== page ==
What happened

While shares of Freeport-McMoRan (NYSE:FCX) soared 44% in 2017, last year held a much different story, as the stock fell 46%, according to data from S&P Global Market Intelligence. The sharp drop in the price of copper played a factor, but a pessimistic tone from the Street and management's less-than-assuring words regarding the state of the copper market also helped send shares lower.

So what 

One motivating factor for investors last year was the bearish sentiment that echoed on Wall Street, according to Thefly.com. In September, for example, Clarksons Platou downgraded the stock to "neutral" from "buy" and chopped its price target from $21 to $15. Shortly thereafter, in late October, an analyst at BMO Capital, David Gagliano, reduced his price target from $16 to $13.

Sitting below a red line trending downward, a woman sits with her head in her hands.

Image source: Getty Images.

An in November, the bears continued to roar, as an analyst at RBC Capital, Stephen Walker, downgraded Freeport McMoRan to "underperform" from "sector perform" and reduced his price target from $16 to $15.

It wasn't only analysts who failed to inspire confidence last year; management also played a significant role. Speaking on the company's third-quarter earnings call, Richard C. Adkerson, Freeport-McMoRan's president and CEO, called the copper market a "paradox." Adkerson contended that "[f]undamental drivers remain very positive" for the copper industry, but he seemed perplexed when he said, "When you look at the fundamentals, and you look at this drop in global copper exchange stocks, and to see the copper price in that slide parallel each other is very unusual in our industry." To state the obvious, investors detest uncertainty. So it comes as no surprise that investors found management's comments less than inspiring.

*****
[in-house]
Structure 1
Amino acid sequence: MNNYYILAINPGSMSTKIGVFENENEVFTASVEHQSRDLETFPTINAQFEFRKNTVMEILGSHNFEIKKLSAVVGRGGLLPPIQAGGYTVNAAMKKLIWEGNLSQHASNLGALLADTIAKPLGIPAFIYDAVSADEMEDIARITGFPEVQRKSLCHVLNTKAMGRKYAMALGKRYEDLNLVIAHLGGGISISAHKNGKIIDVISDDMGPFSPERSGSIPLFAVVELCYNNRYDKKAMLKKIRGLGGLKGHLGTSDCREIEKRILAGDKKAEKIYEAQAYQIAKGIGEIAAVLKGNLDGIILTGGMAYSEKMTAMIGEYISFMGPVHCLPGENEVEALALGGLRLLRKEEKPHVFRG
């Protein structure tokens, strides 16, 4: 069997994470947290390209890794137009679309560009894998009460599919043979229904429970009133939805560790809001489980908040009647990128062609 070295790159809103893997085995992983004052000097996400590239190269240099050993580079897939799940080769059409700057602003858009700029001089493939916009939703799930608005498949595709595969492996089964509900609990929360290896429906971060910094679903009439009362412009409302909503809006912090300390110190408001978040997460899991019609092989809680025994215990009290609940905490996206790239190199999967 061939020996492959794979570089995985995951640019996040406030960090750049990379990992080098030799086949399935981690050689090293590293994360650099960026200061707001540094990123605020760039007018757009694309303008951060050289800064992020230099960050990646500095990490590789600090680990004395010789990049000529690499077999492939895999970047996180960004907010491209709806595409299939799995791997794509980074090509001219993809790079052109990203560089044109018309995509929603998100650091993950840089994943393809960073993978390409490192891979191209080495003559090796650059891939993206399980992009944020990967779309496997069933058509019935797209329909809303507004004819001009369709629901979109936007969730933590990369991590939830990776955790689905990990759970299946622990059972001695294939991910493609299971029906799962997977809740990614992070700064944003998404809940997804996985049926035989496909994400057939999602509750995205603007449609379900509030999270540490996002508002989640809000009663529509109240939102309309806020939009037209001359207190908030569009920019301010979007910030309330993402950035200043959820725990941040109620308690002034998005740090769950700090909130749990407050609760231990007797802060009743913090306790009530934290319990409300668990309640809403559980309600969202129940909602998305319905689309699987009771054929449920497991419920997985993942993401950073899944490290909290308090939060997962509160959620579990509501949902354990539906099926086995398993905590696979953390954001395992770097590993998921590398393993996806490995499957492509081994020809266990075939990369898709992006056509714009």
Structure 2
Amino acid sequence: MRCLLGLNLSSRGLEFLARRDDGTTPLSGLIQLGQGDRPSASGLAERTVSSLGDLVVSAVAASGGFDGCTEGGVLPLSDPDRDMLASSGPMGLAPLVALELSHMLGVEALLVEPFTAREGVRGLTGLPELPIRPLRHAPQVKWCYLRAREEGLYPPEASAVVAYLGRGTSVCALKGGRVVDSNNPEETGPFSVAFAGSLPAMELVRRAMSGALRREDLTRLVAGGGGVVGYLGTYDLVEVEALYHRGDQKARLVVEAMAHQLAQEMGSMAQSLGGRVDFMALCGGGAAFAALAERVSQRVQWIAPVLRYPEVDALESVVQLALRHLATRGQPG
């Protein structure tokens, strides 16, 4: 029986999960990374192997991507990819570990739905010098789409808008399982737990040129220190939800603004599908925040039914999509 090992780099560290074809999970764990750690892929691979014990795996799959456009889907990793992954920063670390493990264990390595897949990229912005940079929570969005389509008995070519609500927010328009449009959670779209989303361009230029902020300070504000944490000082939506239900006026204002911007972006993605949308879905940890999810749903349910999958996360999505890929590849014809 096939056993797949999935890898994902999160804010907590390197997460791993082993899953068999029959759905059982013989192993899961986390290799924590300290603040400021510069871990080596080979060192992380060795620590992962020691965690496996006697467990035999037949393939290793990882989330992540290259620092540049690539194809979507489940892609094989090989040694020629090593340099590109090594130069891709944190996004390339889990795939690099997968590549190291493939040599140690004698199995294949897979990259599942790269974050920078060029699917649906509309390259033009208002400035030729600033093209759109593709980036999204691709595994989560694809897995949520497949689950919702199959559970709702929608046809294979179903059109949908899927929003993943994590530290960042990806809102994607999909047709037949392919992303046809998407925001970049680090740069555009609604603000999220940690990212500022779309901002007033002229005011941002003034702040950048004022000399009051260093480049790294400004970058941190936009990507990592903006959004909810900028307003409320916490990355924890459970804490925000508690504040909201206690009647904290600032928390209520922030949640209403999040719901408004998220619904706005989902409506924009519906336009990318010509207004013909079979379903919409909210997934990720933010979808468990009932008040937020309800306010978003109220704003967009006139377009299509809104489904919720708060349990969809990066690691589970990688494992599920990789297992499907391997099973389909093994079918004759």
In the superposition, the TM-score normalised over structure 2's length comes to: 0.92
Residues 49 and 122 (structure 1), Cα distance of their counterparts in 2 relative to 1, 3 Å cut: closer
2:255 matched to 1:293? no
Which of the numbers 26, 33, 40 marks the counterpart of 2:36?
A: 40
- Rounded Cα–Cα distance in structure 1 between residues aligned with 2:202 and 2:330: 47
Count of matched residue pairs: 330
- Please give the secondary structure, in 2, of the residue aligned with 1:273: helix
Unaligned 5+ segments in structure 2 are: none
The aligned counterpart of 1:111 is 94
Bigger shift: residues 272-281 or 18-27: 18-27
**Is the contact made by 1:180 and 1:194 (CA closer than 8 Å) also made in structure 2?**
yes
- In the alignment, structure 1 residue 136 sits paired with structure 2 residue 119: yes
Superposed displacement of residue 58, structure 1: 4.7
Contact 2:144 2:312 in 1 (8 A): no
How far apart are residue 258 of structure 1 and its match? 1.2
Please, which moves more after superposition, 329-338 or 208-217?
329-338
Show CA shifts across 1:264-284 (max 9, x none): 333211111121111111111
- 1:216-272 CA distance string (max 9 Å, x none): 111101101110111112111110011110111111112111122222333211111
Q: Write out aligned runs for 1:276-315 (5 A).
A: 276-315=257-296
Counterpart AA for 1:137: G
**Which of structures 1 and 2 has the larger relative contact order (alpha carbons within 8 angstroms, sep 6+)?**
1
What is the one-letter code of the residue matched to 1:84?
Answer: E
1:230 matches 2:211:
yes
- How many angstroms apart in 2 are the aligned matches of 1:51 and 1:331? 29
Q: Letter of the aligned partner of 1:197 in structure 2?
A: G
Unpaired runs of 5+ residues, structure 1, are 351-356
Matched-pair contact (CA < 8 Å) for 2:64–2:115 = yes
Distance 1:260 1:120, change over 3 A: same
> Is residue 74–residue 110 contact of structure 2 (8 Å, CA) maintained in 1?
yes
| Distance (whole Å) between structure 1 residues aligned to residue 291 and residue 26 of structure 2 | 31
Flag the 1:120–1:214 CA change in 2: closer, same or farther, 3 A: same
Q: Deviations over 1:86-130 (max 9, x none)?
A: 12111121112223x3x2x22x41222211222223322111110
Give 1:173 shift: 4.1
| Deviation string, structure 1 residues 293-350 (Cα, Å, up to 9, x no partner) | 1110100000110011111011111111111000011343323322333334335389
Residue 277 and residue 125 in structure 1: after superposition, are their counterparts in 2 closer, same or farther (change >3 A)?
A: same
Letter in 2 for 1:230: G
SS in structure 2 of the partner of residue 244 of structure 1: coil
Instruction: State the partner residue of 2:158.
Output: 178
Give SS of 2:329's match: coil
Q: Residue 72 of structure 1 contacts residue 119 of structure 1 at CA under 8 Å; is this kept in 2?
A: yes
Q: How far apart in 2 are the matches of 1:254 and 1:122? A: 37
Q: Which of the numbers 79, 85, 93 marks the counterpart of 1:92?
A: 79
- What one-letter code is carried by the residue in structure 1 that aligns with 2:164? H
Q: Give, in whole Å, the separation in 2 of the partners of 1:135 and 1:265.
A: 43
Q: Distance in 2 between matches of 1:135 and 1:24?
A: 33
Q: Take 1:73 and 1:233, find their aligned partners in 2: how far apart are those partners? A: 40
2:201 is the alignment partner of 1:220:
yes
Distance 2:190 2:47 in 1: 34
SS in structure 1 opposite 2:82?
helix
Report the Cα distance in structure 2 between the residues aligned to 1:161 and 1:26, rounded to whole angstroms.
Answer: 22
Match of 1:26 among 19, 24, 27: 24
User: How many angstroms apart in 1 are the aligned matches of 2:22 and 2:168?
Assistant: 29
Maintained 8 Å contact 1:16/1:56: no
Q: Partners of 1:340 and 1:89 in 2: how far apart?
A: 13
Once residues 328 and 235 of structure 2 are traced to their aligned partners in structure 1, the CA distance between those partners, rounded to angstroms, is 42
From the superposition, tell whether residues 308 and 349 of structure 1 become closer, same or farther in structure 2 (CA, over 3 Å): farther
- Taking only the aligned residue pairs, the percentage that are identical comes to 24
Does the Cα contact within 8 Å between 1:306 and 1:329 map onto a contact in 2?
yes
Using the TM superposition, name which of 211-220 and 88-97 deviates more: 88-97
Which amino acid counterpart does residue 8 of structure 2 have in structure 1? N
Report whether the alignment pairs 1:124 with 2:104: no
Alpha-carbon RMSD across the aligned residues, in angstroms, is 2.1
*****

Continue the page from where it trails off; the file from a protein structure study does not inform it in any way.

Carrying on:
Now what

Experienced investors know that wild swings in the price of metals happen from time to time; consequently, dips in the price of mining stocks are also to be expected. Regarding the rumblings from the bears on the Street, investors should always exercise caution and not put too much stock in analysts' actions, since they often maintain time horizons that are shorter than the multiyear holding periods we espouse.

From here, investors would be better served to keep a close eye on how the company fares in its newly renegotiated deal with Indonesia regarding the Grasberg mine -- one of the company's core assets.

Scott Levine has no position in any of the stocks mentioned. The Motley Fool has no position in any of the stocks mentioned. The Motley Fool has a disclosure policy.